Skip to content

The future of internal combustion engines?

May 1, 2007

Fellow gear-head Tim takes note of the ongoing evolutionary tract of of the internal combustion engine at GM, and writes a rather thoughtful commentary on it’s progression.   He focuses on  GM’s most recent LS series of V8 motors and zero’s in on the valve-train and wonders if it’s the limitation going forward.   In a manner, an engine is “programmed” mechanically by the camshaft(s) that actuate the valve.  The amount of valve lift, how long the valves are held open (duration) and the relationship in opening and closing between the intake and exhaust create a fundamental design point.  All the other mechanical attributes – size and design of intake, exhaust and the combustion chamber all have to work in harmony with this.  Oversight by the ECU – computer and sensor controls for fuel and ignition timing are added on top of this, but become lessor variables in the equation.  The variable cam timing in the post Tim talks about allows for incremental improvement of the base equation, but to really break through the current envelope something more radical would need to be required.

What if the cam were infinitely variable?

Jim’s garage  highlights this webcast presentation on the mechatronics site, and in part 2 of the 3 part presentation, the focus is on a “Camless Engine”.  Here the idea that valves could be designed so as to be computer controlled and individually actuated.  This would be ground breaking on many fronts. 

1) No throttle body / throttle plates would be required.  

2) The engine would be “camless” and would reduce probably 10 hp in parasitic drag, not to mention wear and heat. 

3) Timing belts / chains / gears would be eliminated. 

4) Most importantly, the operating envelop and overall efficiency of the engine could be optimized over it’s entire operating RPM range!

While this certainly represents a more comprehensive step forward in design efficiency, there is still a lot of energy per gallon of gas being left on the virtual table.   Much of the energy from the fuel we burn is lost to heat that flows out the exhaust pipe, or is dispersed through the car’s radiator as a useless byproduct, except for those winter months when it is used to keep the occupants warm.  What if we were to redesign the engine so that we didn’t have to try to keep it cool?  What if, the hotter it ran, the better it was?   Some years ago, mechanical great, Smokey Yunick proposed just that – and patented it.   Why is it not in place today?  Conspiracy, or were their unforeseen technical reasons why it couldn’t see practical production?

Click for larger image


Smokey’s Hot Vapor Engine

 “…Twenty years ago, the late, great racing mechanic and inventor Henry “Smokey” Yunick left the automotive engineers shaking their heads when he invented and patented his hot vapor engine. Based on the familiar four-cycle piston engine concept, instead of cooling the intake air to improve efficiency, he used coolant heat and exhaust waste heat to significantly warm the intake air. The purpose was to fully vaporize the fuel and to make the intake air expand in the intake system to generate positive pressure, like a supercharger. A small turbocharger was used as a “mixer” and as a check valve to prevent the expanding intake air from backflowing out of the intake system. With the heated, pressurized, homogenous mixture, the engine ran at air/fuel ratios considered impossibly lean, such as 22:1, on pump gasoline. The hot vapor engine made incredible power and was highly efficient, responsive, surprisingly emissions clean, and delivered fuel economy of 45-50 MPG in a compact car, and it did it all without computers, smog pumps or catalytic converters. Although initially denounced by the automotive world as a hoax, several prominent SAE engineers later published papers validating Smokey’s theories and design. It was no hoax to Smokey. He considered it his greatest achievement. However, the automotive giants had their own designs for increasing fuel economy and controlling emissions, and Smokey’s simple and cost-efficient engine package was ignored. Today, Smokey’s designs are buried somewhere in the U.S. Patent Office (, patent numbers: 4,503,833; 4,592,329; 4,637,365; 4,862,859) awaiting someone to take this technology to the next level…”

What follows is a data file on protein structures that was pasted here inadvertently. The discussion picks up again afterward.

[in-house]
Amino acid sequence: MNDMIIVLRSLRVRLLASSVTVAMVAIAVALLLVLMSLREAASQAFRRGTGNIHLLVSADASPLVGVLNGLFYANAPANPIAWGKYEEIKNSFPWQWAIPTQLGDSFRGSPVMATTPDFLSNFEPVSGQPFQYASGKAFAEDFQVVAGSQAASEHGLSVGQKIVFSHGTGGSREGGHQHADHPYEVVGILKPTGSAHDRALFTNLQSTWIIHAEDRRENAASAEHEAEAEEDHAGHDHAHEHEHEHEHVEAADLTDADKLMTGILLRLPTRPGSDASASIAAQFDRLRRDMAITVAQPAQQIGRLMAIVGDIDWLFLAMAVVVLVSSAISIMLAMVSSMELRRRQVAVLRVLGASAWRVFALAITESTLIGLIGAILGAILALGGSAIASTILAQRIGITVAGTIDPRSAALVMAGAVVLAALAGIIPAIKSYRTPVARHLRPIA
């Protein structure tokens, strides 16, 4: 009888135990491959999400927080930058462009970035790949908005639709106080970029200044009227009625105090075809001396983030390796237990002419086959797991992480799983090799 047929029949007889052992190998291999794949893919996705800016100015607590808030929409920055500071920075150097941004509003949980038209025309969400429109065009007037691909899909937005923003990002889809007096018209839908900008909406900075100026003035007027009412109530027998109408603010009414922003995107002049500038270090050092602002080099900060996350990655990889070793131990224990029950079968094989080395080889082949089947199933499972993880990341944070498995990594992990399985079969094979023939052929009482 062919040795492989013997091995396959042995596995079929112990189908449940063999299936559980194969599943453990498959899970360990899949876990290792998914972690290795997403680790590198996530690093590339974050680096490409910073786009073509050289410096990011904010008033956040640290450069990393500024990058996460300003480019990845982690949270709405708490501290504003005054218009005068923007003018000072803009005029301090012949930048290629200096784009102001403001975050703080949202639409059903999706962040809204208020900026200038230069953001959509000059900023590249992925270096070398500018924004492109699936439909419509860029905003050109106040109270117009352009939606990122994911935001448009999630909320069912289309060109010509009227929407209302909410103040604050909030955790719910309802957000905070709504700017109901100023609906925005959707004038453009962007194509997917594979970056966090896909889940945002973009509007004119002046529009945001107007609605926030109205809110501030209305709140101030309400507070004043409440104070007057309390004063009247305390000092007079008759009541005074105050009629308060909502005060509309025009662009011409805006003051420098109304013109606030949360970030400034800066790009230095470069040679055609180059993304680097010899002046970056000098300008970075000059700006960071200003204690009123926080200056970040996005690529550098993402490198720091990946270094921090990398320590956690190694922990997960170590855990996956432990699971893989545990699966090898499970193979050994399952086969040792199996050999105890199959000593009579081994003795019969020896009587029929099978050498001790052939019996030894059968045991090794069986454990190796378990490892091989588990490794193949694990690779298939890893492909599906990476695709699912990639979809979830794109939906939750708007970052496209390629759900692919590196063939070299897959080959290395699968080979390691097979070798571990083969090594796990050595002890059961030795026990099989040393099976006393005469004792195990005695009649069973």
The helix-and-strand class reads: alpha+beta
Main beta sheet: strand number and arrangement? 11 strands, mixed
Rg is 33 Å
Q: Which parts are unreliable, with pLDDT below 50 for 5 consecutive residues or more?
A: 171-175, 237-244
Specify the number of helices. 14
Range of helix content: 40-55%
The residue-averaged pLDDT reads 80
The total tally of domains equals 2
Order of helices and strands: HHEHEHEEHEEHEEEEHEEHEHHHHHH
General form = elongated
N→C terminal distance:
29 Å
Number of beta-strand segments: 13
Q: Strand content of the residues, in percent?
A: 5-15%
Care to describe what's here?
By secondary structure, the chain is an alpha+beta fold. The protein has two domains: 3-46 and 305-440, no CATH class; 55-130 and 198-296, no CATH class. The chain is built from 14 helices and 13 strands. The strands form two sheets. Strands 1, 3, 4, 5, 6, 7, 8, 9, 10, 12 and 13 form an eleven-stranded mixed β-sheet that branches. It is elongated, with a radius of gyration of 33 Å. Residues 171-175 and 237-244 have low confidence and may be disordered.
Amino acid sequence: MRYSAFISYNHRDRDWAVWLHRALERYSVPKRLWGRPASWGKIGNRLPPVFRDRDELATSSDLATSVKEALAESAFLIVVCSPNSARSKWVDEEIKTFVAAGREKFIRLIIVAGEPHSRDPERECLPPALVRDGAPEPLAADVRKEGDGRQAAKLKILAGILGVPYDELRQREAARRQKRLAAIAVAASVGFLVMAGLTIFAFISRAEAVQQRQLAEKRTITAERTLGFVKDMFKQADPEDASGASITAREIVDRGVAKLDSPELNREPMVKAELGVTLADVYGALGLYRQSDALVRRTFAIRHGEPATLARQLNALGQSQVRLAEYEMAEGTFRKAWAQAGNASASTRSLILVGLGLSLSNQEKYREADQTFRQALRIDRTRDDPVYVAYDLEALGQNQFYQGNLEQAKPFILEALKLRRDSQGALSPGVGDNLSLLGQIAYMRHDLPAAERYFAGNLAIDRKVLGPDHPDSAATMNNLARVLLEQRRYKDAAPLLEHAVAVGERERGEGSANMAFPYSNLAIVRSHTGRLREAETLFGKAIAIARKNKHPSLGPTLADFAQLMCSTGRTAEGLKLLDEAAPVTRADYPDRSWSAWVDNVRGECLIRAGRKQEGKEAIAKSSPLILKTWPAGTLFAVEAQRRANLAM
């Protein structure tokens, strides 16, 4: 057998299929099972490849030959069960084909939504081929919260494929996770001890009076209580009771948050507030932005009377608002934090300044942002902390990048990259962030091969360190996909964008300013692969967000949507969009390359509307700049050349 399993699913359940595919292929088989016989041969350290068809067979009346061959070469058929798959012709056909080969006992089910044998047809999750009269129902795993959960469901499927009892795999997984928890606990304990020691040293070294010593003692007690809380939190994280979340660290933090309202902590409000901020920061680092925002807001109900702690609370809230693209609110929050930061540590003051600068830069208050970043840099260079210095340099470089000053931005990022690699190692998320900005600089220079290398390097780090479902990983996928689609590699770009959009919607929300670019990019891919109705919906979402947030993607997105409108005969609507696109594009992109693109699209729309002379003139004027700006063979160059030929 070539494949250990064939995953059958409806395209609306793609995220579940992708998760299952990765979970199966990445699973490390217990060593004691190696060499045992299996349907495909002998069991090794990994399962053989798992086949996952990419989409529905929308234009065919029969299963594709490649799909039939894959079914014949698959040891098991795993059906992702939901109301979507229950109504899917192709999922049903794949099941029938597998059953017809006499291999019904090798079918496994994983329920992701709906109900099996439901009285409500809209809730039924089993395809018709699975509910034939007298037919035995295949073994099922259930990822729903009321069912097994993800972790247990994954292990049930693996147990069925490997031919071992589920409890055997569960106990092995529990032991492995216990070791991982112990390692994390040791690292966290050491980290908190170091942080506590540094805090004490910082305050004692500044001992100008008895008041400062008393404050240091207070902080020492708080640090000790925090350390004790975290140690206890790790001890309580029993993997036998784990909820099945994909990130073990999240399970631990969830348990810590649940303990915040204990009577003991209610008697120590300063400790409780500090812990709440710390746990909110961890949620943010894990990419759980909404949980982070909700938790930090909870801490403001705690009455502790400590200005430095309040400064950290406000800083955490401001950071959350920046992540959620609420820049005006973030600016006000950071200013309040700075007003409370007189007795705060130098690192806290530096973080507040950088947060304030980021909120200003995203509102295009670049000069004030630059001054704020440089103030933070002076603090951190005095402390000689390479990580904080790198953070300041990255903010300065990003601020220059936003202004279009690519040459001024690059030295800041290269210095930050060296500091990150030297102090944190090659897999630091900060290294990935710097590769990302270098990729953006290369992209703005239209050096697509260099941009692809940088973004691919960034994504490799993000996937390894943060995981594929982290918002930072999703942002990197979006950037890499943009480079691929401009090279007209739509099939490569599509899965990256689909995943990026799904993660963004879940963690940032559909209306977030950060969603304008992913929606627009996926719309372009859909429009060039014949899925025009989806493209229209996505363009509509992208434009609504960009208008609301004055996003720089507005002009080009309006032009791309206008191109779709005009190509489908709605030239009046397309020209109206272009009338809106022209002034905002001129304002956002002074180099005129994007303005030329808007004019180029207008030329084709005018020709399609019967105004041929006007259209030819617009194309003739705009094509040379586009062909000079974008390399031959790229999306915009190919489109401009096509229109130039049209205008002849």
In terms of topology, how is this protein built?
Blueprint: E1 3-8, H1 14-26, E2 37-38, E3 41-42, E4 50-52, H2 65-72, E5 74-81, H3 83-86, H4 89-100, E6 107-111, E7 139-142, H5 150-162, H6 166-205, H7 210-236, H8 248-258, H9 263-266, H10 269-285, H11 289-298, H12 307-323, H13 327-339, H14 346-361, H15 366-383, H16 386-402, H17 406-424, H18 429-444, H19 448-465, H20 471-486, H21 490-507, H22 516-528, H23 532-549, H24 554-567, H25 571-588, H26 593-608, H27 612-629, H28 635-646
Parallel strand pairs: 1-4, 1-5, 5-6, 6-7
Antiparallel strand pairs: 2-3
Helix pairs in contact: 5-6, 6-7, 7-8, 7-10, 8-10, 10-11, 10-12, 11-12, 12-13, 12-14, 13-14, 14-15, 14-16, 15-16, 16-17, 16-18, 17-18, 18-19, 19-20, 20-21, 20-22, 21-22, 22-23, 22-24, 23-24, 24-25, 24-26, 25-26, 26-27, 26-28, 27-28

The complete text on the heat engine was found on the banks website, as written by C.J. Baker.

One Comment leave one →
  1. May 2, 2007 12:45 am

    We need to change, we are held hostage by gasoline

Leave a Reply

Fill in your details below or click an icon to log in: Logo

You are commenting using your account. Log Out /  Change )

Google+ photo

You are commenting using your Google+ account. Log Out /  Change )

Twitter picture

You are commenting using your Twitter account. Log Out /  Change )

Facebook photo

You are commenting using your Facebook account. Log Out /  Change )


Connecting to %s

%d bloggers like this: